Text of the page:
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Two Deaths

Director: Nicolas Roeg


Nicolas Roeg’s new film Two Deaths represents a welcome return to more challenging film-making after the director’s recent low-key work. Roeg has transposed Stephen Dobyn’s novel The Two Deaths of Senora Puccini from an anonymous Latin American setting to Romania at the time of the downfall fo the Ceausescu regime. The basic situation is a typically Roegian one involving a small group of characters who find themselves in an extreme situation that will have a profound effect on their lives.
On the very night of the 1989 revolution, Dr. Pavenic (Michael Gambon) hosts an annual reunion dinner for old friends, all of whom look up to their host because of his professional success and his reputation with women. As battle rages in the streets outside, the men continue to enjoy a splendid meal served up by the good doctor’s beautiful housekeeper (Sonia Braga). Between interruptions by soldiers seeking medical assistance, Pavenic tells of his obsessive love for a woman and the extremes he went ot in order to win her. That woman is Pavenic’s housekeeper, who has become his virtual slave as a result of a bizardre agreement whereby she has given herself to the doctor in return for the life of her won true love.
This is another of Roeg’s explorations of an obsessive and destructive passion. As such, it is something of a compainion piece to Bad Timing. As in the earlier film, the man’s passion leads him to enslave his lover because he cannot otherwise possess her. The moment I touched her I was damned, says Pavenic, and Roeg is interested in capturing that defining moment when a chance incident occurs or a remark is made, after which we will never be the same again.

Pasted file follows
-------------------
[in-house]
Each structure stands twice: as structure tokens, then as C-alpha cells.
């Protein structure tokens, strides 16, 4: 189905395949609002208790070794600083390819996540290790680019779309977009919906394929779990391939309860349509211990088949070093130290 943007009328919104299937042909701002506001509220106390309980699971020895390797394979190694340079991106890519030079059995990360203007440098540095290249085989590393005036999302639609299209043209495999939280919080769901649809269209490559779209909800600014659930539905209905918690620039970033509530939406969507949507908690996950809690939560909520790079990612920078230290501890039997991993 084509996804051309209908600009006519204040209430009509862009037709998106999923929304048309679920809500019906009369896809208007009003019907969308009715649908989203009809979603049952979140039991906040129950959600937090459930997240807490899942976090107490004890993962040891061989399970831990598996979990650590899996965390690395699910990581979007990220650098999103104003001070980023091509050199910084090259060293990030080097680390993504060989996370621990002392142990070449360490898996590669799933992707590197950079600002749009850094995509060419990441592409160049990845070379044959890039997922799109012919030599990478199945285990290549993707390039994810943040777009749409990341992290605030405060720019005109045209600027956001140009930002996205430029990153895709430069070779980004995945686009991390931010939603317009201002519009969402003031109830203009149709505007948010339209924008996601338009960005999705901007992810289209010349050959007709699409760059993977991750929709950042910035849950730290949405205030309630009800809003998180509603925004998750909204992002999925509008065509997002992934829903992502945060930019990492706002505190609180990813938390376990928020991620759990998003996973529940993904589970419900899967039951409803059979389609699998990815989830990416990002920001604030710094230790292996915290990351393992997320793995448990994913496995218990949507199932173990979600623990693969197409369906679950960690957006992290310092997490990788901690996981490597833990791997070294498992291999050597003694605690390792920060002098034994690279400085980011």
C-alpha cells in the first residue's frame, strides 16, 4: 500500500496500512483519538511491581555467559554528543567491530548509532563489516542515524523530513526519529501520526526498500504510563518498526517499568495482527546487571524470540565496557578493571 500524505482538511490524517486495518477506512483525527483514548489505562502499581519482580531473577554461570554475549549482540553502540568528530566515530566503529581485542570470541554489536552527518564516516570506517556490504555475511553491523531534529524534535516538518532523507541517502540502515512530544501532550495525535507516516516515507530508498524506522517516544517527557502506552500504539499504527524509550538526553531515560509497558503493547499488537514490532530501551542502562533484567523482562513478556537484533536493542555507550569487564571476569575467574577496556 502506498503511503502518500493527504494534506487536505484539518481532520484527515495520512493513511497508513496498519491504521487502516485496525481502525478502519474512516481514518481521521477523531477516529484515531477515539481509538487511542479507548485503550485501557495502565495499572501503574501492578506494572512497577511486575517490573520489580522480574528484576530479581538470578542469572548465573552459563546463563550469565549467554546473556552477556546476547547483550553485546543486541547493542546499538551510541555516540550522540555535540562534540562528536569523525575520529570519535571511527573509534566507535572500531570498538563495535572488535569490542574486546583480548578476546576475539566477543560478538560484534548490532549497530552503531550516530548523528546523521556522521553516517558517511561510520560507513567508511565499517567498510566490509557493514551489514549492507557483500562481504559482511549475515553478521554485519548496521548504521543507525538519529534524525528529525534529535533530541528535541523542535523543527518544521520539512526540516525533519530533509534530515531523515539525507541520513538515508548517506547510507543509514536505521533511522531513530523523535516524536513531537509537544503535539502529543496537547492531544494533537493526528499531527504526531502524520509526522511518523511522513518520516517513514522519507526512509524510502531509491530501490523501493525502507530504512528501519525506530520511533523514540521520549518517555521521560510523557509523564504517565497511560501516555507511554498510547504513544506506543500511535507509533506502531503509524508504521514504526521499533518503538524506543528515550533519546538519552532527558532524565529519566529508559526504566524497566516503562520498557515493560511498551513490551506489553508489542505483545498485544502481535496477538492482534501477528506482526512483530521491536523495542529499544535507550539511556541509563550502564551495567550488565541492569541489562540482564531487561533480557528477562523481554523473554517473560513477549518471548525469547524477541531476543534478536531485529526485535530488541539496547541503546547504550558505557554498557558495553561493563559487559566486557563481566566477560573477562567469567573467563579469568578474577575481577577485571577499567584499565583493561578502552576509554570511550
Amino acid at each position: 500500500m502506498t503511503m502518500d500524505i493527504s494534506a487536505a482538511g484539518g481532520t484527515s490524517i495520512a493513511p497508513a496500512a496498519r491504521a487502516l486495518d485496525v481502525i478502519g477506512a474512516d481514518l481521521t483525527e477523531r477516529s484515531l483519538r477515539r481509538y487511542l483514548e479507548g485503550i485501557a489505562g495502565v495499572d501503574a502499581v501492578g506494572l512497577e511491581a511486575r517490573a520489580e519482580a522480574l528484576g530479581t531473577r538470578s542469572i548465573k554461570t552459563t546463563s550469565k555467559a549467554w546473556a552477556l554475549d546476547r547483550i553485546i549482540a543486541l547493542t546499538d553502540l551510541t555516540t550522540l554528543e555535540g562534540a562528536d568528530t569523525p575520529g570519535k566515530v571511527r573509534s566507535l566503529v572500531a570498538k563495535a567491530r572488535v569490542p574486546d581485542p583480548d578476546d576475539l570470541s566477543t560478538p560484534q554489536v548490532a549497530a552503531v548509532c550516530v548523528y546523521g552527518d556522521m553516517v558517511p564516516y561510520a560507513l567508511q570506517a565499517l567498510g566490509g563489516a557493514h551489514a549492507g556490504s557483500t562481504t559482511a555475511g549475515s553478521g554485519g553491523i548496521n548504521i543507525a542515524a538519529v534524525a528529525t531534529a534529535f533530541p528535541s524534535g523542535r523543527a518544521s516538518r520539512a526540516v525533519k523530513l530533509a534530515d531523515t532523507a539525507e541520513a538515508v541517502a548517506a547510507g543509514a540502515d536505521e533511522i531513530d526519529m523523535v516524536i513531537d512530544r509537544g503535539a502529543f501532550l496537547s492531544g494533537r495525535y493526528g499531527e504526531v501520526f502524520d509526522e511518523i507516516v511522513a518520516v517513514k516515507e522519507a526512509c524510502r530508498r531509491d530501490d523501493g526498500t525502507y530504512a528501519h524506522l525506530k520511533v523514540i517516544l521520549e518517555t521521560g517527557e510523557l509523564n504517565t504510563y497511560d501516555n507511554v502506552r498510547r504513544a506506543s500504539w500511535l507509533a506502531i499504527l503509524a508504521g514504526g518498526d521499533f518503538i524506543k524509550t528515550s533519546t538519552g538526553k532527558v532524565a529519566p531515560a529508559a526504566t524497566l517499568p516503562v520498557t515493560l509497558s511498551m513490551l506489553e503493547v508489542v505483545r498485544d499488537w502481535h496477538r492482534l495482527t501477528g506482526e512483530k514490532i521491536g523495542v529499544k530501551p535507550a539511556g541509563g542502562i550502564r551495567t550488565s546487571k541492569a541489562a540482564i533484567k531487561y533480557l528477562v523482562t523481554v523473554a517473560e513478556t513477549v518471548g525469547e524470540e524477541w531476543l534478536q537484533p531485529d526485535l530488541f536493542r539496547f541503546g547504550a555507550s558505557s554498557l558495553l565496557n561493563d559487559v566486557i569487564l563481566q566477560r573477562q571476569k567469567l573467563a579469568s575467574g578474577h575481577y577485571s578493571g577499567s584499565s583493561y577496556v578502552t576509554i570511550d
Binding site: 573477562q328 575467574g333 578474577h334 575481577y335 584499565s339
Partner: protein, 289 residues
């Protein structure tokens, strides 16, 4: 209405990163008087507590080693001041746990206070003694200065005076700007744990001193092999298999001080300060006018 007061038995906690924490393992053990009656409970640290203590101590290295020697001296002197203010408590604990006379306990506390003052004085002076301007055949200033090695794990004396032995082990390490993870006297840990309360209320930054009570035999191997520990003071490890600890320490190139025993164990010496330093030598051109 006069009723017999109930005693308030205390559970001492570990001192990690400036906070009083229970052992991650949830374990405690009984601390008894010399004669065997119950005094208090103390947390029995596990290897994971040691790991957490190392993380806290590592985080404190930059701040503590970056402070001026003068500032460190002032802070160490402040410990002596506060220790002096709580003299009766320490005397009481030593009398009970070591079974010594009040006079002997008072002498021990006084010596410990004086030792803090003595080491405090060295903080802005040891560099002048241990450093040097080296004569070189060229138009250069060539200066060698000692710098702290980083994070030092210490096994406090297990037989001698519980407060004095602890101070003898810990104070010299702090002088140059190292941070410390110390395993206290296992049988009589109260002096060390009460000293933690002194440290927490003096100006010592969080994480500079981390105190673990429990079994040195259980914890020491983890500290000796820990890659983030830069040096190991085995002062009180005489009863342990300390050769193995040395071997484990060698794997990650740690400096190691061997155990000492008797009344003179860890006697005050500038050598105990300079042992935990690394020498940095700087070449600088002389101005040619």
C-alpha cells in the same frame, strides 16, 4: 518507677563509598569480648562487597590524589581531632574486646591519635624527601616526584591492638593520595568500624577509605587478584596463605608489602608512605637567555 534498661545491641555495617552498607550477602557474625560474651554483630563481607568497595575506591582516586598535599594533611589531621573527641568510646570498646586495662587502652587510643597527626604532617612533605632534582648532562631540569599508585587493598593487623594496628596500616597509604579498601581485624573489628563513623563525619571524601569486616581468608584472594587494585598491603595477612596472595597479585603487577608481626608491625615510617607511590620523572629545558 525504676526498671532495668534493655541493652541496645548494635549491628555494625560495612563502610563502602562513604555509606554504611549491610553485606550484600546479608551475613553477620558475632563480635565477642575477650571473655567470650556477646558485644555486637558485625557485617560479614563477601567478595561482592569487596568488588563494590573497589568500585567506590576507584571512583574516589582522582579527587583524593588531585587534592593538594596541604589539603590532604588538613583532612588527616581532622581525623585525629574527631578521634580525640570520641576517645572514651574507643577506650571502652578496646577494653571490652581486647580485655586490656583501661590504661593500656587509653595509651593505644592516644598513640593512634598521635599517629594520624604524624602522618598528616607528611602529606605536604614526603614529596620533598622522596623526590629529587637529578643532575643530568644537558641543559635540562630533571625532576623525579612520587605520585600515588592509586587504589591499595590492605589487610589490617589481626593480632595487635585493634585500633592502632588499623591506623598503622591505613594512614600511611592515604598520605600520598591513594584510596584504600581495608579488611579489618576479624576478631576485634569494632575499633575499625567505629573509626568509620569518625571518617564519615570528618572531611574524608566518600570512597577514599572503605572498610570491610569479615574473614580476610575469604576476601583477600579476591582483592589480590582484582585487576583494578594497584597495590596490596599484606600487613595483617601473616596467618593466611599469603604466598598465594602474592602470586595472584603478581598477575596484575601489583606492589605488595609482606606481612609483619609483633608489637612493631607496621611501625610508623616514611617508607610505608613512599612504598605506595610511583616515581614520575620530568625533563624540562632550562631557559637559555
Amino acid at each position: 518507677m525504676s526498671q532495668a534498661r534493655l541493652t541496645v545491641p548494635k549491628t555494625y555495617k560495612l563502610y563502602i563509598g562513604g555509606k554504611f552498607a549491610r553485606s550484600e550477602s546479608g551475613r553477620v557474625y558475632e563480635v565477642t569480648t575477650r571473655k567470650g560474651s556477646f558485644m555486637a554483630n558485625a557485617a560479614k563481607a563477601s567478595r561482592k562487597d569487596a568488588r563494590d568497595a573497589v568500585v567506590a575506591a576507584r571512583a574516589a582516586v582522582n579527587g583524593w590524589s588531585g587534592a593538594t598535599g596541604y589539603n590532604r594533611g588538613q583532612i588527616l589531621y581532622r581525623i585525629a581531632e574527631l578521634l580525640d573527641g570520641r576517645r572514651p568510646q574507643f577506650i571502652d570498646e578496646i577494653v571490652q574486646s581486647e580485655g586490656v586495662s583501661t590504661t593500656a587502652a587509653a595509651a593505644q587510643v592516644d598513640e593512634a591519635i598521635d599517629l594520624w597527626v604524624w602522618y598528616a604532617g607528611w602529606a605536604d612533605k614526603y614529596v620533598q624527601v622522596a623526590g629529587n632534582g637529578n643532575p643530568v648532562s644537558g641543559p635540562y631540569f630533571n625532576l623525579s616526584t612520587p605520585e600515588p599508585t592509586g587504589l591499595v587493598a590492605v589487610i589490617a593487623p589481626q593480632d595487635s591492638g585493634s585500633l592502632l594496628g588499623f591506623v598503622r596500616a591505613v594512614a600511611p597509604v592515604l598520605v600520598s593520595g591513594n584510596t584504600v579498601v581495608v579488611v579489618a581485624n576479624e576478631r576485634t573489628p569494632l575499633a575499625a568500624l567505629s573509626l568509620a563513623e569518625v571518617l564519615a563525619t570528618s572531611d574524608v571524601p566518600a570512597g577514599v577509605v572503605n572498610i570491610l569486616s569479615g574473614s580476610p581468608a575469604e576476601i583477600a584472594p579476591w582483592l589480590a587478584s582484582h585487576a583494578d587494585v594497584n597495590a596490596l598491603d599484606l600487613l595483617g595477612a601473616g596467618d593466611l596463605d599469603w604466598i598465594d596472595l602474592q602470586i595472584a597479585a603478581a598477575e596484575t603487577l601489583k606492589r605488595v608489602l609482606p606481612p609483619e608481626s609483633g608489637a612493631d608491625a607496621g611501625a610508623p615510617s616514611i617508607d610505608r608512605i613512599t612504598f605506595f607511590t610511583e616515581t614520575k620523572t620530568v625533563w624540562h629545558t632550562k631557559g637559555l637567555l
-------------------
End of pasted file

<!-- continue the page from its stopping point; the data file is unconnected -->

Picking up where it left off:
Mixing the personal drama with the public events raging outside, Roeg points up a whole series of uncomfortable truths as Pavenic’s brutal honesty infects his guests, who are forced to confront their own dark secrets. As played by an excellent Michael Gambon, Pavenic is an intelligent, charming man who has embraced the madness of his passion. To his friends he is revealed as a sadist, but the film itself is not concerned with condemnation. Significantly, in Roeg’s stylised, poetic and moving climax, the death of the lovers has far more resonance than the momentous events and multiple killings of the revolution. Our lives, says Roeg in the film’s press book, are made up of little deaths.

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